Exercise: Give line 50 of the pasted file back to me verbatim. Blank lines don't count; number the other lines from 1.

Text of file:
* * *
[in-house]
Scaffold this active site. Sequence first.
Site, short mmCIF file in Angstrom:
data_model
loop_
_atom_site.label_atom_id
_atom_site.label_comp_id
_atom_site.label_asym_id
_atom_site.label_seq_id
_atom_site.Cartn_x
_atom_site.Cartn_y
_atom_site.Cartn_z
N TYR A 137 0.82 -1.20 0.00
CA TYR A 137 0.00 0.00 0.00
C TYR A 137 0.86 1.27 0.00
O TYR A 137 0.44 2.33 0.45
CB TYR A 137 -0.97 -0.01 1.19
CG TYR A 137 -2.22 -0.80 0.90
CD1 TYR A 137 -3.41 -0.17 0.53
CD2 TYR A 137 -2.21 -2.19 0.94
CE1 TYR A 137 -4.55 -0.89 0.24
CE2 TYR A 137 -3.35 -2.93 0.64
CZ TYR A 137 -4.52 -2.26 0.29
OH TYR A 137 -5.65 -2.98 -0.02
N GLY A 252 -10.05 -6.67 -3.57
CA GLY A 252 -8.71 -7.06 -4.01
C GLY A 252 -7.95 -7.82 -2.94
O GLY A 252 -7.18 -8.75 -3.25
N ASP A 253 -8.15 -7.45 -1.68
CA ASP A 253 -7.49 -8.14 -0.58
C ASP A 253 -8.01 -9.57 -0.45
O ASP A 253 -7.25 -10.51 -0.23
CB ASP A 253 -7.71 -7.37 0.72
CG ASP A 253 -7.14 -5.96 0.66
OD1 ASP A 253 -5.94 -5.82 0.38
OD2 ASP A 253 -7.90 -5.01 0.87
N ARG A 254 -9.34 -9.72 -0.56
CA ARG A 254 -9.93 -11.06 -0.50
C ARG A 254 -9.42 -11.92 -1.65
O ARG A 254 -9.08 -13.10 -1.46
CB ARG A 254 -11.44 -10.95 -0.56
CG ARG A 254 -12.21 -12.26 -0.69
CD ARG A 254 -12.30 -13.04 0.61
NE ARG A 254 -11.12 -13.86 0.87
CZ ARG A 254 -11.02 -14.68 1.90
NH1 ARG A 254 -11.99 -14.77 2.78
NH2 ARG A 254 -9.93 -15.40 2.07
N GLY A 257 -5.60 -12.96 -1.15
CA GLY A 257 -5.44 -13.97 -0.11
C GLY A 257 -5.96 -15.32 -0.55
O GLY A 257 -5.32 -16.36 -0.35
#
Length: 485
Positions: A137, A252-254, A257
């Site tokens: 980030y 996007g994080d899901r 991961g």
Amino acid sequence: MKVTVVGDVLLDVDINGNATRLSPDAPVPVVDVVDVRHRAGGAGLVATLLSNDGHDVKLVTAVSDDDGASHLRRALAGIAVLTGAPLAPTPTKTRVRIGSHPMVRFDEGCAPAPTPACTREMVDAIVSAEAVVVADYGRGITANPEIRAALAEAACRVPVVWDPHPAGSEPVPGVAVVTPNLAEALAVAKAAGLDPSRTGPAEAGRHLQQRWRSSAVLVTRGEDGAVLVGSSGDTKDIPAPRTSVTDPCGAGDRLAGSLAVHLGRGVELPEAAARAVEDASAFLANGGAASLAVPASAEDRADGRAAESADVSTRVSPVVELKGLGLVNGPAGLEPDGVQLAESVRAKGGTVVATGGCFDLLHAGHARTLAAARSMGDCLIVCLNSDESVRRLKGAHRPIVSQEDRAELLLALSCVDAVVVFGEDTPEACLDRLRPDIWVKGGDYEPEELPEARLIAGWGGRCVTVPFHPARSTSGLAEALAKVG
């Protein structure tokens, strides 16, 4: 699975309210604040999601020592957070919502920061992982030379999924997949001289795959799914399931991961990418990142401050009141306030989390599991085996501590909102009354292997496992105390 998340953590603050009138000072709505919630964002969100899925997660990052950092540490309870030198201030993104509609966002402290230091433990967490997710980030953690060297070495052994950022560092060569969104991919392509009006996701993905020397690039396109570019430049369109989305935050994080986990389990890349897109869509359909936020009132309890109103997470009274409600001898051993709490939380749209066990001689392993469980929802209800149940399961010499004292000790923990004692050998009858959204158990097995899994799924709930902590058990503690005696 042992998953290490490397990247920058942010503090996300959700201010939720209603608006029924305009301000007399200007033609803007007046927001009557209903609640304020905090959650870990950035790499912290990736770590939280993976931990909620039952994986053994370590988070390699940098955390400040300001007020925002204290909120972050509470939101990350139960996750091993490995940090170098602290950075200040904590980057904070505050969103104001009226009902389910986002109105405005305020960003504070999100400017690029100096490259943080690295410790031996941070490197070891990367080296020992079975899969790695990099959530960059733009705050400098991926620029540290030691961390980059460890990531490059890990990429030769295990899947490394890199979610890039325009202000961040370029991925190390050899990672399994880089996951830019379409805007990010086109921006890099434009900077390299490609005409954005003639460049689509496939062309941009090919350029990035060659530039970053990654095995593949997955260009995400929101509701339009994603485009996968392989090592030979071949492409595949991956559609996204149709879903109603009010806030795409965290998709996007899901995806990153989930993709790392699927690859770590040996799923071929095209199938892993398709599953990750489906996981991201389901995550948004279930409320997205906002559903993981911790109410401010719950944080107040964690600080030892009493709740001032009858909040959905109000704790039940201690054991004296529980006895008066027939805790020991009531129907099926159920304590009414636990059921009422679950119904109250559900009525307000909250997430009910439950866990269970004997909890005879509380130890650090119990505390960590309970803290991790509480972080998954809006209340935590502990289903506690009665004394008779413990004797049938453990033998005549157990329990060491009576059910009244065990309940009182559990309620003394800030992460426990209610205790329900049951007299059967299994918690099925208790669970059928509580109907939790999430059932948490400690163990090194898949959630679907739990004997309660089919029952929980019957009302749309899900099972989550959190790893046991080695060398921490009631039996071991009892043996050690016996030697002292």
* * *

C GLY A 257 -5.96 -15.32 -0.55